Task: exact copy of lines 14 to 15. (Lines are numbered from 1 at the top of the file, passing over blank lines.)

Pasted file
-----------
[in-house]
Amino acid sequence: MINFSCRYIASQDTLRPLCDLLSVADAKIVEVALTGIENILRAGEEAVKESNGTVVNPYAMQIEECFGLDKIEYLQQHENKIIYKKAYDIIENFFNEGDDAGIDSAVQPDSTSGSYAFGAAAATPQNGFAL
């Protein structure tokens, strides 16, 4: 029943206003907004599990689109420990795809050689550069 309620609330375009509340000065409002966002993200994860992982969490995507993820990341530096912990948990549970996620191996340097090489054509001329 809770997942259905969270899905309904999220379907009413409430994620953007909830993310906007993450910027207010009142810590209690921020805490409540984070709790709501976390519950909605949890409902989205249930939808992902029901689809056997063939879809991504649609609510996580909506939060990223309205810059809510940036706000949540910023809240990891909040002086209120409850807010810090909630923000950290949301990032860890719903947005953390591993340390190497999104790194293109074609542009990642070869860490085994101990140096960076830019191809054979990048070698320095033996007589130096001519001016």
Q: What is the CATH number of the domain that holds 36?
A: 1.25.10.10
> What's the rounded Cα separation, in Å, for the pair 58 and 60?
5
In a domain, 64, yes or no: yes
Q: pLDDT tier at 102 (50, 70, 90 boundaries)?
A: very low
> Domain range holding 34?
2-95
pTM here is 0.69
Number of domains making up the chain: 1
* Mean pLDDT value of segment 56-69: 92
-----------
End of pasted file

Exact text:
Number of domains making up the chain: 1
* Mean pLDDT value of segment 56-69: 92